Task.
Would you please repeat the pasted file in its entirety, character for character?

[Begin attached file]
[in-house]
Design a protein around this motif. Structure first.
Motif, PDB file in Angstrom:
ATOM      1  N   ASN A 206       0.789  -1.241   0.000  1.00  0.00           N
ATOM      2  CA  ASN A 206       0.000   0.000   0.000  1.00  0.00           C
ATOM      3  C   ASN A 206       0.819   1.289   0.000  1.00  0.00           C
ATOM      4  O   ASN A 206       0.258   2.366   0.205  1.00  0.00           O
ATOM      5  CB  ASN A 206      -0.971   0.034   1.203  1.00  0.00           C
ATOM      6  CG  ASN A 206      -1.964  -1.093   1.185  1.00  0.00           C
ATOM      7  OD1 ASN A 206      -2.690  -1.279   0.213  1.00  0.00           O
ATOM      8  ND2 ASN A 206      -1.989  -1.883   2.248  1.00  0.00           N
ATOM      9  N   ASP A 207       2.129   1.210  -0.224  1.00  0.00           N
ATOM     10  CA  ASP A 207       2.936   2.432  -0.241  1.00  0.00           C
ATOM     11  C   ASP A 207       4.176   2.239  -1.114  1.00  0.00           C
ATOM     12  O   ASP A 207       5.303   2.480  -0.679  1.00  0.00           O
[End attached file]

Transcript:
[in-house]
Design a protein around this motif. Structure first.
Motif, PDB file in Angstrom:
ATOM      1  N   ASN A 206       0.789  -1.241   0.000  1.00  0.00           N
ATOM      2  CA  ASN A 206       0.000   0.000   0.000  1.00  0.00           C
ATOM      3  C   ASN A 206       0.819   1.289   0.000  1.00  0.00           C
ATOM      4  O   ASN A 206       0.258   2.366   0.205  1.00  0.00           O
ATOM      5  CB  ASN A 206      -0.971   0.034   1.203  1.00  0.00           C
ATOM      6  CG  ASN A 206      -1.964  -1.093   1.185  1.00  0.00           C
ATOM      7  OD1 ASN A 206      -2.690  -1.279   0.213  1.00  0.00           O
ATOM      8  ND2 ASN A 206      -1.989  -1.883   2.248  1.00  0.00           N
ATOM      9  N   ASP A 207       2.129   1.210  -0.224  1.00  0.00           N
ATOM     10  CA  ASP A 207       2.936   2.432  -0.241  1.00  0.00           C
ATOM     11  C   ASP A 207       4.176   2.239  -1.114  1.00  0.00           C
ATOM     12  O   ASP A 207       5.303   2.480  -0.679  1.00  0.00           O